In today's increasingly connected world, tackling online dangers such as cyberstalking requires more than legal ammunition. That is why authorities such as Singapore's Media Development Authority (MDA), are continuously looking to educate users on safe and responsible Net use.
Chetra S., acting director for outreach at MDA, told ZDNet Asia that given the borderless nature of the Internet, regulations and laws alone are not sufficient to address online dangers such as cyberstalking. She said it is also essential to raise public awareness and engage members of the public in such issues.
MDA, Singapore's media regulatory body, works with the public, private and people sectors to help individuals--particularly the youth--with issues including cyberstalking, noted Chetra. The MDA executive defined cyber-stalking as harassment using online means, such as via e-mail, instant messaging or messages posted to a Web site or discussion group.
"Through outreach efforts such as talks and seminars, we encourage the public to be more astute and mindful of the different types of situations, people and behaviors that one encounters online," said Chetra. "Only then can one recognize signs of potential dangers and take the appropriate protective measures."
One initiative, launched last month by the National Crime Prevention Council, made use of a virtual world game called Cyberonia to teach 11-year-olds to deal with cyber-bullying, gaming addiction, virus protection and other aspects of computer security through quizzes, mini-games and online interaction. Cyberonia is supported by the Inter-Ministry Cyber Wellness Steering Committee (ICSC), which was formed in 2009 to devise a national cyber wellness public education strategy.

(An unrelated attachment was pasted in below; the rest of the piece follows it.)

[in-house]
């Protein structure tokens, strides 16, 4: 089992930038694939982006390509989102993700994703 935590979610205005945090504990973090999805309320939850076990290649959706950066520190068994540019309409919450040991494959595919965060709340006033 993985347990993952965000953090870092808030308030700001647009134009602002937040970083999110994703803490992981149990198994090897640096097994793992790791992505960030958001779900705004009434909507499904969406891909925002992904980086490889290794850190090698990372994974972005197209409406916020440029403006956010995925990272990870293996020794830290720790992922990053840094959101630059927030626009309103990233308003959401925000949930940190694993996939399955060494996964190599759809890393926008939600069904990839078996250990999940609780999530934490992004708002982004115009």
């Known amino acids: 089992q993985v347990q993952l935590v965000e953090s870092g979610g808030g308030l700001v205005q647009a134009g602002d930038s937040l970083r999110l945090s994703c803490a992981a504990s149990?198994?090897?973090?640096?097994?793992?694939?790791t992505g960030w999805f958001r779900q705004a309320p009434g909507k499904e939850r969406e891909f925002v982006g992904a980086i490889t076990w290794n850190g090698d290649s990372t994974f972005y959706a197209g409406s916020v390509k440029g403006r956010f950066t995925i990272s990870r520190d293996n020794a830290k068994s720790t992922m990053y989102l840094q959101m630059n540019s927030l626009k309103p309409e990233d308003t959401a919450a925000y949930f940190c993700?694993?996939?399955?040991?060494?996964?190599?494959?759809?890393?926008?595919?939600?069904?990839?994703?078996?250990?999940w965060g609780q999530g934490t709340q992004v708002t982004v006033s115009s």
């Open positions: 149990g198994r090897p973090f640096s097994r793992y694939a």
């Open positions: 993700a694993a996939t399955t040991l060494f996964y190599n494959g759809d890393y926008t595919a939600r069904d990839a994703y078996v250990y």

The initiative, Chetra added, is expected to reach out to 40,000 Primary 5 students by end-2011.
According to Bryan Tan, director of Keystone Law Corporation, Singapore "has most known varieties of cybercrime criminalized". Citing the Computer Misuse Act (CMA) as an example of the island-state's legislative muscle, he said: "Under the Computer Misuse Act, it is an offence for anyone to gain or attempt to gain unauthorized access to computer material. Spoofing and the use of password sniffers are also offences under CMA."
The Act, he added, also recognizes that the Internet has no national boundaries, and can be used against cybercriminals based outside of the country whose activities affect users in Singapore.
When it comes to cyberstalking, Tan said there is "no universally accepted definition", although the term generally refers to the use of the Internet or other electronic communications to stalk an individual. Stalking involves behavior calculated to harass or threaten the victim, he said in an e-mail.
"Generally, stalking behavior must be persistent, intentional and prolonged," he explained. "Although in cyberspace communicating parties are not within physical sight of each other, they are regarded by law as within 'aural' sight of each other. E-mail, SMSes, chatrooms etc. become tools which the perpetuators can use to reach out 'aurally' to victims."
As with physical stalking, the boundary of cyberstalking is not precisely set out, Tan added. But for a boundary is to be defined, a law is needed to balance the victim's interest in his or her privacy with the other party's right to free speech.
Tan further pointed out that as acts such as cyberstalking or preying on minors are already criminal in nature, there is no need to strengthen existing laws. However, he said one area which may be lacking is "a pre-emptive move against cybercrime"--for instance, the collection of personal information with the intention of using it in future for illegal purposes. That said, it is a tricky endeavor as there is the risk of "criminalizing innocuous behavior", explained Tan.
When asked for recent examples of cyberstalking cases, Tan told ZDNet Asia he was hard-pressed to come up with one, adding this was because it is "hard to prove cyberstalking and the laws are still the old world laws which have a high threshold".
The Singapore courts melted out its first penalty in a cyberstalking case in 2001, when a jilted lover was sentenced to five months' jail for illegally accessing his former girlfriend's e-mail account.